I decided to try a test for this weeks review of Across the Universe, the much-anticipated musical featuring reinterpretations of over thirty Beatles songs. As a longtime fan of the Fab Four, I knew that I was probably going to enjoy this film. After all, I learned to play guitar to their songs, featured their music at my wedding, and have a poster of them hanging on the wall of my 3-year-old sons room. What I wanted to know was this: Would someone unfamiliar with The Beatles music be positively affected on an initial hearing, especially given the dramatic delivery? I decided to enlist the help of an 18-year-old self-described music aficionado. He is the son of a close friend and someone who on occasion I have talked music with. His preferences revolve around the indie rock scene, which features bands like All Time Low, Armor For Sleep and Hidden in Plain View. (Dont worry, I havent heard of them either.) My co-reviewer had no idea what he was in store for when I picked him up, but on the way to the theater I unveiled my plan. My first question was, Have you ever listened to The Beatles? His response reinforced my greatest fear: He had heard of them, but knew absolutely nothing about them; he couldnt even name a song. I assured him that this experience this immersion into the world of The Beatles was going to be life changing. I carefully explained that The Beatles were one of the original indie rock bands, playing in dirty pubs until early morning hours, and scraping by with little or no cash. I told him that their style and approach influenced generations and literally rewrote the book on popular music. Admittedly I was trying to get him excited at the prospect of discovering one of historys greatest musical phenomenons. Unfortunately, he seemed completely unimpressed. As we entered the theater he made a final dubious comment: So, is this like, a musical? Just be open-minded, I insisted. Try to let the music envelope you. My young friend remained fairly attentive throughout the picture, but his body language spoke volumes. He slouched in his seat when the haunting Girl opened the film, and seemed unfazed when the melodic grandeur of Something pushed the movie to its climax. I held out hope that he might identify with the ripping guitar and inflamed lyrics of Helter Skelter, but he was busy texting someone on his phone during that scene. When the film ended I casually asked him what he thought. His response of I liked it better when they stopped singing pretty much deemed my experiment a failure. My dream of seeing him overwhelmed with addictive hooks and unending melodies was crushed. There would be no borrowing of my Beatles CDs or further discussion on how they changed the world. Across the Universe was the beginning and the end of his foray into The Beatles musical catalog. On the other hand I absolutely loved Across the Universe. The reinterpreted music seemed fresh and poignant and matched beautifully with the unfolding story. And part of the fun for me or any Beatles fan for that matter was picking out all the subtle references to 1960s culture and people, all intertwined with the lyrics of The Beatles most popular songs. If you have been even remotely moved by the music of The Beatles then I encourage you to see this film. It is a cacophony of sounds, images, and dance and unlike anything since Moulin Rouge. The cast is unique and upbeat and completely convincing in their approach. Moreover, director Julie Taymor should also receive great kudos for crafting such an interesting and creative motion picture. I admit that I left the theater upset that hadnt enlisted a new member into The Beatles fan club, but I was happy that their music had, once again, found a new way to manifest itself. A magnificently magical A- for Across the Universe. Cant decide what to watch?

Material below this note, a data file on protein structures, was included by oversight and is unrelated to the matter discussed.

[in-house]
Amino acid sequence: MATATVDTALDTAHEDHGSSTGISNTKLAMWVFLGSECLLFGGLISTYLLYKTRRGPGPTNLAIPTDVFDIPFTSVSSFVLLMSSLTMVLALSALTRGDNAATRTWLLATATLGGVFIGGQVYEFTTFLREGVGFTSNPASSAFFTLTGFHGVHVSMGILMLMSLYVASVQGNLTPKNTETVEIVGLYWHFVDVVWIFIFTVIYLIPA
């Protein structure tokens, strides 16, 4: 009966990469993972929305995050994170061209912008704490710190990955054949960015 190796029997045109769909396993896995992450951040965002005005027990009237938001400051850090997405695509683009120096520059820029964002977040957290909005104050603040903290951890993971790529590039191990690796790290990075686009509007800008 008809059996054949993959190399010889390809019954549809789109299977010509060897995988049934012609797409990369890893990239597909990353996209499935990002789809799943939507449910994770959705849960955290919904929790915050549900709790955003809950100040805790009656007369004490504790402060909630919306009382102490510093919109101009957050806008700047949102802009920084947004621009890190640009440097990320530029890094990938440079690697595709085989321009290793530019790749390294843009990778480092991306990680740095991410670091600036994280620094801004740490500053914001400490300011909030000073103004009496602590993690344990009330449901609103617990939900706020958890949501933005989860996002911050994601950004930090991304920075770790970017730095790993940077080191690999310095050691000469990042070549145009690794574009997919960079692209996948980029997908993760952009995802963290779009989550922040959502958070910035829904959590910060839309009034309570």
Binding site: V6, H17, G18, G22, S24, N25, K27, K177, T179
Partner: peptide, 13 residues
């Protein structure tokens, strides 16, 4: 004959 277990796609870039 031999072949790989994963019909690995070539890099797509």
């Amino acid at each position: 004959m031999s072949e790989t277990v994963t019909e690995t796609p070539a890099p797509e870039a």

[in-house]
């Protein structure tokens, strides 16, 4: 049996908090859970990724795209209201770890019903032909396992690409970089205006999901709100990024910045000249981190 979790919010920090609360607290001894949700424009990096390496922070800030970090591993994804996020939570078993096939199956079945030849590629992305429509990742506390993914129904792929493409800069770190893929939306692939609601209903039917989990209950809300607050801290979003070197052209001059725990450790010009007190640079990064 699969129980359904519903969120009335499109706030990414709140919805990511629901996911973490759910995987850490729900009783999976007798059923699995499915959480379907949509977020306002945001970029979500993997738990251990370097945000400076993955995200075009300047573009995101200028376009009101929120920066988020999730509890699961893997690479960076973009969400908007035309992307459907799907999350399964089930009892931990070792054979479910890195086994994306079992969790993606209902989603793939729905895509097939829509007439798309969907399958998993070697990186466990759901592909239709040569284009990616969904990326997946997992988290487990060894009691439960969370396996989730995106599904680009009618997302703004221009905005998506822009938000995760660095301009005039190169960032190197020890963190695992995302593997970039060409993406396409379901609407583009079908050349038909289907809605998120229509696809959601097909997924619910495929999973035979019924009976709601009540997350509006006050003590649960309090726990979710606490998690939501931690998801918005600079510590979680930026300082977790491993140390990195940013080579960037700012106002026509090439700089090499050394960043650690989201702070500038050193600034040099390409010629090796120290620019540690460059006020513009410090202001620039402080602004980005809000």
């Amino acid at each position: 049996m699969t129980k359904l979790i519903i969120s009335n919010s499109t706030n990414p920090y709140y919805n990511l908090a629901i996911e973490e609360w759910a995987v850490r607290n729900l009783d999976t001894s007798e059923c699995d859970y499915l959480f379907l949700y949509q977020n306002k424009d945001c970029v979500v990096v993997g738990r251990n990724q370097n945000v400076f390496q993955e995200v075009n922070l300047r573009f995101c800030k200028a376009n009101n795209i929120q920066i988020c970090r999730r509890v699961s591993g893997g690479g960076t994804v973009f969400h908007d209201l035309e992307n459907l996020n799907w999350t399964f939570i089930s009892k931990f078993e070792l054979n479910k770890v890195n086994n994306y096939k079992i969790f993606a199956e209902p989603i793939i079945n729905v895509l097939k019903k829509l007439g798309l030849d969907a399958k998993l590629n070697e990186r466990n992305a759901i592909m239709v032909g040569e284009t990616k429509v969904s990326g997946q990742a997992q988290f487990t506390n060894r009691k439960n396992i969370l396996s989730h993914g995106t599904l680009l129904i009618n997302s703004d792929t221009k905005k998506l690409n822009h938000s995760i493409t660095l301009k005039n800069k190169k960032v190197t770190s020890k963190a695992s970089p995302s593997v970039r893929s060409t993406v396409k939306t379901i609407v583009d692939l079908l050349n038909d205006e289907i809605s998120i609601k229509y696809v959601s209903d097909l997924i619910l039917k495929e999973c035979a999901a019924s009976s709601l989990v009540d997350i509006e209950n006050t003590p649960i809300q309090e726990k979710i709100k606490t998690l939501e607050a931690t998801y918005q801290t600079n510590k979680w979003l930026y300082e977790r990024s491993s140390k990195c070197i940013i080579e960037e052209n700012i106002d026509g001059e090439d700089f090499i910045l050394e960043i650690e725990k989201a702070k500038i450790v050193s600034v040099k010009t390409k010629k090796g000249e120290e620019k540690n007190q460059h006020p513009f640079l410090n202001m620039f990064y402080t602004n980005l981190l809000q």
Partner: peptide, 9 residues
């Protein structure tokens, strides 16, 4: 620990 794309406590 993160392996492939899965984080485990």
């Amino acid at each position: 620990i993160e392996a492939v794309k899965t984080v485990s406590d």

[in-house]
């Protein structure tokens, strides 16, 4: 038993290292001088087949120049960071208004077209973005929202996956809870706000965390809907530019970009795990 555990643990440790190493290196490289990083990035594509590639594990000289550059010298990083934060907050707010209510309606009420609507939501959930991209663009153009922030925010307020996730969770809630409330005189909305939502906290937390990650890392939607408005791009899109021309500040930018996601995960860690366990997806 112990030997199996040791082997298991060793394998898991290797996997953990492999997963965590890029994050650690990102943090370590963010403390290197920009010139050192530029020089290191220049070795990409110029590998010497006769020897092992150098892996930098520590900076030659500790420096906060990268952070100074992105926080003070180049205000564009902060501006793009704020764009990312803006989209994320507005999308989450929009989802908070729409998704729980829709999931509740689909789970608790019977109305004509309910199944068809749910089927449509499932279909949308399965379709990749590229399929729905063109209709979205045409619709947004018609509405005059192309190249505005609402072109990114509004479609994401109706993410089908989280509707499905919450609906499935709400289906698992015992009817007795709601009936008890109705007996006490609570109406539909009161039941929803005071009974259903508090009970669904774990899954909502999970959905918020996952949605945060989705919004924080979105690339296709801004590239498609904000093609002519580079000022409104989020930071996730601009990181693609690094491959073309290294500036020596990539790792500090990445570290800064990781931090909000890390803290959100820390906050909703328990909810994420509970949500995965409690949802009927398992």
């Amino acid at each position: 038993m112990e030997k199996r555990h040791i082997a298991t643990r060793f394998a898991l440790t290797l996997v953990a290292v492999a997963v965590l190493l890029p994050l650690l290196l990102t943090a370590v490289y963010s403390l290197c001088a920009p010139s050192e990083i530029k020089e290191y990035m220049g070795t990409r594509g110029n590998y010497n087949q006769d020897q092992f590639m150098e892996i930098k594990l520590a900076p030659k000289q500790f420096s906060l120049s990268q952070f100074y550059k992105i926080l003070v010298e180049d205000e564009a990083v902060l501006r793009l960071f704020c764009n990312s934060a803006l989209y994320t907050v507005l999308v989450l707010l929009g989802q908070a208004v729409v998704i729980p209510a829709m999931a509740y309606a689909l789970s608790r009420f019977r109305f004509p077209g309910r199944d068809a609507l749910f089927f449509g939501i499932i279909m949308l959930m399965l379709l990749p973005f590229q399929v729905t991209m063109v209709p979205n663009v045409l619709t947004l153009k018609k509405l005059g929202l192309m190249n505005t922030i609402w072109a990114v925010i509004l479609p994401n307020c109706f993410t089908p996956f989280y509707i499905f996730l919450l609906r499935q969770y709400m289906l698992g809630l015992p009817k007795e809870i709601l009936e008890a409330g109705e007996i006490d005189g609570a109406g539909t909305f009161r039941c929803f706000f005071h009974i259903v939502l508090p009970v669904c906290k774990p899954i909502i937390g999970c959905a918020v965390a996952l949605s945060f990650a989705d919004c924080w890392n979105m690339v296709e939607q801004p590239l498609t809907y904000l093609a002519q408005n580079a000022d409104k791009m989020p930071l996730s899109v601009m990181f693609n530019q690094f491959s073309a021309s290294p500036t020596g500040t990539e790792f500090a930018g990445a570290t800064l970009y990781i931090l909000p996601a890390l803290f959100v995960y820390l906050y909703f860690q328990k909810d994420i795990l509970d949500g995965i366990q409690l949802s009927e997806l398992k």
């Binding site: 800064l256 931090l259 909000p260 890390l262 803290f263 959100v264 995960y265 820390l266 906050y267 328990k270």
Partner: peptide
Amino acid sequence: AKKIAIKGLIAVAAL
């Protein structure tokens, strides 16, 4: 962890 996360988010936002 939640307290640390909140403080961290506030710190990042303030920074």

Check out Doms Video Pick Of The Week
Here is a selection for the true movie aficionado. Directed by the great Federico Fellini, La Strada is the story of a young girl who is sold into the servitude of a traveling showman. While she tries to make the best of the situation, she soon learns that he is nothing more than an abusive womanizer. Things change when she meets a goofy comedian who fills her head with new ideas. La Strada contains two historical roles, one by leading man Anthony Quinn and the other by Italian actress Giulietta Masina. Together these two form an unlikely bond a bond worthy of great analysis. Moreover, Fellini, known for crafting involved plotlines within simple stories, once again shows that he is a master of direction. If youve ever felt confused by the world, then you need to experience the unique interpretations of La Strada.